Good morning Roger,
I agree, the impact force involved must have been very high, but
perhaps the pilot was strapped into his seat. The aircraft was a small
biplane, probably built of wood and covered in canvas, "microlights" had not
been invented at that time, and the photograph was taken from the base of
the mast, looking directly up at the impact site. You can clearly see the
aircraft stuck into the lattice structure, the wings have been distorted
forward and are slightly "hugging" the mast, I assume that the nose of the
aircraft fitted nicely into the lattice dimensions, which might have reduced
the impact force, like the modern "crumple zone" of a car. But of course the
propeller went through the lattice structure first.
In the picture, you can also clearly see the aircraft stuck in the
structure, and how the mast has been bent or distorted by the force of the
impact.......so, if the pilot did survive, perhaps it taught him a lesson
that he never forgot. The duty crew at the transmitter site must have had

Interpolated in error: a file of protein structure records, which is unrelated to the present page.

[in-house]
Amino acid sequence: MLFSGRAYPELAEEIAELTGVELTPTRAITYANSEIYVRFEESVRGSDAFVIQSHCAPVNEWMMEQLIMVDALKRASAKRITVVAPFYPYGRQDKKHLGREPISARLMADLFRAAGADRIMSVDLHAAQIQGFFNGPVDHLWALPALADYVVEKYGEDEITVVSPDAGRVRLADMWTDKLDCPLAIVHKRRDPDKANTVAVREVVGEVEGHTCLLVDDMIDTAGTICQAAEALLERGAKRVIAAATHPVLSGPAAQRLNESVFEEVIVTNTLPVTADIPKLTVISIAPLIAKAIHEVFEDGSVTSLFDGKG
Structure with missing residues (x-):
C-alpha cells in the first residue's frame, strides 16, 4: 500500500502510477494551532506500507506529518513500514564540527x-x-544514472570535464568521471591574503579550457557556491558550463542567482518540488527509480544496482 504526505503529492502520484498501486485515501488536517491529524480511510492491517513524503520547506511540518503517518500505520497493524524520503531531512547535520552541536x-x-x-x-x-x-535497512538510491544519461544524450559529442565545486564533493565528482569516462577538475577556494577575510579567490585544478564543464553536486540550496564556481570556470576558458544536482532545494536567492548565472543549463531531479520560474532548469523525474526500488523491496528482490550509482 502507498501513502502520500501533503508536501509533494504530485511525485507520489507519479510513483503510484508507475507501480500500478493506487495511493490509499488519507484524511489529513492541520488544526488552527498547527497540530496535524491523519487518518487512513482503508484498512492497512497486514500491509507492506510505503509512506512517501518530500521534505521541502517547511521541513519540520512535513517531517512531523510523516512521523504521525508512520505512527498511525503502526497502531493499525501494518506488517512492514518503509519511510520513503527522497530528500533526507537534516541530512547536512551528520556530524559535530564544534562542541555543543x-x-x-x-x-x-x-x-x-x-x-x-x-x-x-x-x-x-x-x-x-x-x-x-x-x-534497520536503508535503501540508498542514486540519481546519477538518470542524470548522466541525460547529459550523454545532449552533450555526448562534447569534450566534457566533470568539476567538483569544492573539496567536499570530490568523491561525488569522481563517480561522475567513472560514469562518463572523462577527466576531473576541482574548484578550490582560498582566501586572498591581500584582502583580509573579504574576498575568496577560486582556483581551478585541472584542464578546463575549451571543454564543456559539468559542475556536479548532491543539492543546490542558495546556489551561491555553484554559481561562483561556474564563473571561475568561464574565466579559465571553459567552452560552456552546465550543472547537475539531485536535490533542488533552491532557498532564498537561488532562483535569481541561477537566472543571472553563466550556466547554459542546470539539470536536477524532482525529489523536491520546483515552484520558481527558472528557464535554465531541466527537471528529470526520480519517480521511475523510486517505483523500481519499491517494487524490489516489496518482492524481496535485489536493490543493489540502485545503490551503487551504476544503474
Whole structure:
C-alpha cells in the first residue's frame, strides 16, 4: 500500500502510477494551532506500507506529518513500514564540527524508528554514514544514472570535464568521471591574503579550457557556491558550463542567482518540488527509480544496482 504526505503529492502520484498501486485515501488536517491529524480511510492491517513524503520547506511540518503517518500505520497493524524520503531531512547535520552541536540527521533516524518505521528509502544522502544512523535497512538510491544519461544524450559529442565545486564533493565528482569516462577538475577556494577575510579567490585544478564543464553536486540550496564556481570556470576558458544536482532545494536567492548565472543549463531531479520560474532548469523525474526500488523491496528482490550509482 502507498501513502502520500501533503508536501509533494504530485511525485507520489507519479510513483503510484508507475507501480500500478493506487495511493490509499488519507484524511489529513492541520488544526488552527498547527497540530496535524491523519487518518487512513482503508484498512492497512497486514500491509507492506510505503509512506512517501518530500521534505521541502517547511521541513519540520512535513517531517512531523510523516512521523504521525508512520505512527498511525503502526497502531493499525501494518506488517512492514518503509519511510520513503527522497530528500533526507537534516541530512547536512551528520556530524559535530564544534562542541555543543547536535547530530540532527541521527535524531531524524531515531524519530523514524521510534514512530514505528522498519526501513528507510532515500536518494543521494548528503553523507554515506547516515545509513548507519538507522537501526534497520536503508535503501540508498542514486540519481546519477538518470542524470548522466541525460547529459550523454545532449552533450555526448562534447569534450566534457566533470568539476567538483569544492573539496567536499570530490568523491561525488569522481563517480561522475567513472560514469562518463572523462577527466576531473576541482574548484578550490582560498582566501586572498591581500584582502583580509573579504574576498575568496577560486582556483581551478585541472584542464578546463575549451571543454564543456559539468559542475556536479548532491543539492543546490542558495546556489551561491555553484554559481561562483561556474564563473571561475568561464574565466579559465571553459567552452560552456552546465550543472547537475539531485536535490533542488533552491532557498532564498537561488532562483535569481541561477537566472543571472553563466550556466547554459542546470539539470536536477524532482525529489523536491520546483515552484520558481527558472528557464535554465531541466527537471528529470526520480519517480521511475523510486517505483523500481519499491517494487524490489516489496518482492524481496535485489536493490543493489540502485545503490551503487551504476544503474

quite a surprise too!
According to the author of the book "Communication Structures", up
to the time of writing there had been 15 aircraft related incidents
involving tall masts/towers in the UK
73, John. G3JVC.
[mailto:firstname.lastname@example.org] On Behalf Of Roger (K8RI)
Sent: 24 July 2010 08:50
Subject: Re: [TowerTalk] Tower-climbing pictures
On 7/23/2010 2:53 PM, Rex Lint wrote:
> Let's say it WAS a vertical radiator. What's the danger?
> Rex Lint
> Merrimack, NH
> -----Original Message-----
> From: email@example.com
> [mailto:firstname.lastname@example.org] On Behalf Of John E. Cleeve
> Subject: Re: [TowerTalk] Tower-climbing pictures
> I have also seen photograph of a light aircraft, where the pilot
> buried its nose into a high lattice structure some where in the USA, and
> pilot climbed out and down the mast to safety, how fortunate for him it
> a mast, and not a vertical radiator.
First time I ever heard of some one surviving a head on into a tower.
Even in a small trainer they are going to be doing better than 80 to 100
MPH. That's an awfully quick stop in a very short distance...unless it
was an ultralight. Even then I have a series of an ultralight hanging
off the roof of a shed and the pilot did not survive.
> 73, John, G3JVC.
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